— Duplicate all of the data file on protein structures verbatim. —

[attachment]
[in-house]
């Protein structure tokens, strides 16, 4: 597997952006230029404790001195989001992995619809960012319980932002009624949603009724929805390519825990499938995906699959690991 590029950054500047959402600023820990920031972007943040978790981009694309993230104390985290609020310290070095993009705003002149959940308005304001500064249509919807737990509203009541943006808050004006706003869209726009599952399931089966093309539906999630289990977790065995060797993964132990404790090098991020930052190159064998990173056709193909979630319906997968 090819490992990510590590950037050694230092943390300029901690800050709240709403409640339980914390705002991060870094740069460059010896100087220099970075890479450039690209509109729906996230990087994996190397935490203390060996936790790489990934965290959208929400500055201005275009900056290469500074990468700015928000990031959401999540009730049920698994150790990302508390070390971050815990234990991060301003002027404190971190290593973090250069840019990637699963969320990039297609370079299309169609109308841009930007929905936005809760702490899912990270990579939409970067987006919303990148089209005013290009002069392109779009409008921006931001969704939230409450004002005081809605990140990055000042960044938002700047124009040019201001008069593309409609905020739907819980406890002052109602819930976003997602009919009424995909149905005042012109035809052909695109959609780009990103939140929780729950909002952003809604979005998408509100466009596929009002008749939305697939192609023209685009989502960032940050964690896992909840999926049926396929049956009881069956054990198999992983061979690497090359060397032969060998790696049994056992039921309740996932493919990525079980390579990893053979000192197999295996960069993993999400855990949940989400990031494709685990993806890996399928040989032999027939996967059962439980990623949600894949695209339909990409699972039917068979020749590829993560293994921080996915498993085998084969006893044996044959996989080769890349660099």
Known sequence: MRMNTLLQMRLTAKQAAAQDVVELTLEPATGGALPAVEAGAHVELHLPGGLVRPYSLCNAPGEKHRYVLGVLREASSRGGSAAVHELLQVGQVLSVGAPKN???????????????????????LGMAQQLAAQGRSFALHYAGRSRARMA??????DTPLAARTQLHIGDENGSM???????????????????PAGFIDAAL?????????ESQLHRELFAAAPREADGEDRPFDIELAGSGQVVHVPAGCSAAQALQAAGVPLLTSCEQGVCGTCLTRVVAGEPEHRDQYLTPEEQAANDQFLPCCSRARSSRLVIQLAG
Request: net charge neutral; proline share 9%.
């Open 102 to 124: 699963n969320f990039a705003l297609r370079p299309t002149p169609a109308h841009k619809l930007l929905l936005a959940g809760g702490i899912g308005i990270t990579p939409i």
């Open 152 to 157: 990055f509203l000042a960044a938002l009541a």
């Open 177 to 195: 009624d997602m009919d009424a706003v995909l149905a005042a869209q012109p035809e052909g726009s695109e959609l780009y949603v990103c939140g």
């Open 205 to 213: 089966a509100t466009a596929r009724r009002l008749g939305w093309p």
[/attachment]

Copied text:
[in-house]
């Protein structure tokens, strides 16, 4: 597997952006230029404790001195989001992995619809960012319980932002009624949603009724929805390519825990499938995906699959690991 590029950054500047959402600023820990920031972007943040978790981009694309993230104390985290609020310290070095993009705003002149959940308005304001500064249509919807737990509203009541943006808050004006706003869209726009599952399931089966093309539906999630289990977790065995060797993964132990404790090098991020930052190159064998990173056709193909979630319906997968 090819490992990510590590950037050694230092943390300029901690800050709240709403409640339980914390705002991060870094740069460059010896100087220099970075890479450039690209509109729906996230990087994996190397935490203390060996936790790489990934965290959208929400500055201005275009900056290469500074990468700015928000990031959401999540009730049920698994150790990302508390070390971050815990234990991060301003002027404190971190290593973090250069840019990637699963969320990039297609370079299309169609109308841009930007929905936005809760702490899912990270990579939409970067987006919303990148089209005013290009002069392109779009409008921006931001969704939230409450004002005081809605990140990055000042960044938002700047124009040019201001008069593309409609905020739907819980406890002052109602819930976003997602009919009424995909149905005042012109035809052909695109959609780009990103939140929780729950909002952003809604979005998408509100466009596929009002008749939305697939192609023209685009989502960032940050964690896992909840999926049926396929049956009881069956054990198999992983061979690497090359060397032969060998790696049994056992039921309740996932493919990525079980390579990893053979000192197999295996960069993993999400855990949940989400990031494709685990993806890996399928040989032999027939996967059962439980990623949600894949695209339909990409699972039917068979020749590829993560293994921080996915498993085998084969006893044996044959996989080769890349660099």
Known sequence: MRMNTLLQMRLTAKQAAAQDVVELTLEPATGGALPAVEAGAHVELHLPGGLVRPYSLCNAPGEKHRYVLGVLREASSRGGSAAVHELLQVGQVLSVGAPKN???????????????????????LGMAQQLAAQGRSFALHYAGRSRARMA??????DTPLAARTQLHIGDENGSM???????????????????PAGFIDAAL?????????ESQLHRELFAAAPREADGEDRPFDIELAGSGQVVHVPAGCSAAQALQAAGVPLLTSCEQGVCGTCLTRVVAGEPEHRDQYLTPEEQAANDQFLPCCSRARSSRLVIQLAG
Request: net charge neutral; proline share 9%.
């Open 102 to 124: 699963n969320f990039a705003l297609r370079p299309t002149p169609a109308h841009k619809l930007l929905l936005a959940g809760g702490i899912g308005i990270t990579p939409i």
């Open 152 to 157: 990055f509203l000042a960044a938002l009541a």
């Open 177 to 195: 009624d997602m009919d009424a706003v995909l149905a005042a869209q012109p035809e052909g726009s695109e959609l780009y949603v990103c939140g």
């Open 205 to 213: 089966a509100t466009a596929r009724r009002l008749g939305w093309p």